Brinston, cost-benefit renewable power, environmental damage wind power, Green Energy Act, land used for turbines, Not a Willing host, Ontario Municipal Act, payment for non-production wind power, South Branch wind project, South Dundas, Steve Byvelds
From the October edition of The AgriNews, an update on the South branch wind power project. You recall that Prowind, the same developer as for the Marlborough project in North Gower, began this project by leasing land from local farm owners, and then sold it to Portuguese energy giant EDP. Construction is ongoing now.
Here is an excerpt of the story by Lois Ann Baker.
BRINSTON–Now that the wet weather is out of the way, construction on the South Branch Wind Farm* is well underway. The sites of the 10 turbines that will be scattered throughout the Brinston area have been excavated and access roads have been created to allow the many trucks and equipment to access the sites.
Within the next week or two the foundations for the turbines will be poured, paving the way for installation of the turbines.
The main site located on Brinston Road just south of the hamlet, will also be home to the substation that will be used to maintain the turbines. A building consisting of meeting rooms and storage space will also be located on that site.
Project manager Ken Little said … the turbines [will] be installed in November and they should be producing power for Hydro One by the new year.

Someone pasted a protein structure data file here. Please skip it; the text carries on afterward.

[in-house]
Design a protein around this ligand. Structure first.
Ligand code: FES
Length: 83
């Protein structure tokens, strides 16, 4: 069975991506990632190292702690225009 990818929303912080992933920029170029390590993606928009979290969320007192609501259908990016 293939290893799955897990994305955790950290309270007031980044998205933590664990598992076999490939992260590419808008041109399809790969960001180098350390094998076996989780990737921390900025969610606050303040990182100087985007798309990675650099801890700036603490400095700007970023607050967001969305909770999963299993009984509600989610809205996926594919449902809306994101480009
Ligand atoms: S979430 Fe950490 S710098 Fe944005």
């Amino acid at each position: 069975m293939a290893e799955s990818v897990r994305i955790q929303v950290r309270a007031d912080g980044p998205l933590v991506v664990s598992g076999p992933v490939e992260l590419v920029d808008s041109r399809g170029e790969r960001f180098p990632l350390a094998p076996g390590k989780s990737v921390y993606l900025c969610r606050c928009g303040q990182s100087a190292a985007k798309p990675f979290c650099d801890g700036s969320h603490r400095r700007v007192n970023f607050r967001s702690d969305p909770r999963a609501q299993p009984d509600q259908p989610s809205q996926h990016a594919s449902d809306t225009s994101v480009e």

The controversial wind farm has sparked interest among the locals, said Little and EDP Renewables has tried to keep up “fairly regular communication” with both supporters of the project and those that oppose the turbines.
Ralph Butler of Williamsburg expressed his concerns over the wind farm by saying that the area of farm land being wasted is unbelievable.
Butler added that with new regulations brought in by the Ontario government stopping the turbines from producing power when there is an abundance of power on the grid, it’s possible these turbines will never turn a blade to produce power. He also added that the municipal government should have done something to stop the project.
[EDP’s] Little didn’t seem overly concerned with the regulations saying that…they will be compensated. “If we are asked to shut them down, after a certain amount of time we will be paid,” said Little.
In light of these new regulations, South Dundas council passed a resolution at the first regular council meeting held after the groundbreaking of the turbine sites to not support any future proposals until the supply and demand for electricity demonstrates a need. Council had previously turned down a resolution by Councillor Evonne Delagarde requesting that the municipality become known as “Not a Willing Host” to industrial wind turbines.
At the same council meeting, council felt the need to defend themselves when long-time Brinston resident Robbie Giles gave a presentation on how he felt council had no been open and acted in the best interests of residents of South Dundas, with regards to the South Branch project. Giles claimed too many informal meetings with a lack of follow-up was a big issue.
Giles said he felt the biggest lesson learned from the South Branch project was that revealed a lack of public contact or consultation and urged council to take responsibility for “access, transparency, honesty, respect for all voices, and courage to change position and challenge authority, if it is the right thing to do.”
Mayor Steven Byvelds** responded with “I think we are an open council. We do not have informal meetings and do not discuss council issues away from the council table.” ***
*They are not “farms”
**Remember that name, especially in the next municipal election, October 2014
***Because that would be ILLEGAL under the Municipal Act, wouldn’t it?
Aerial photo of South Branch wind power plant by Ralph Butler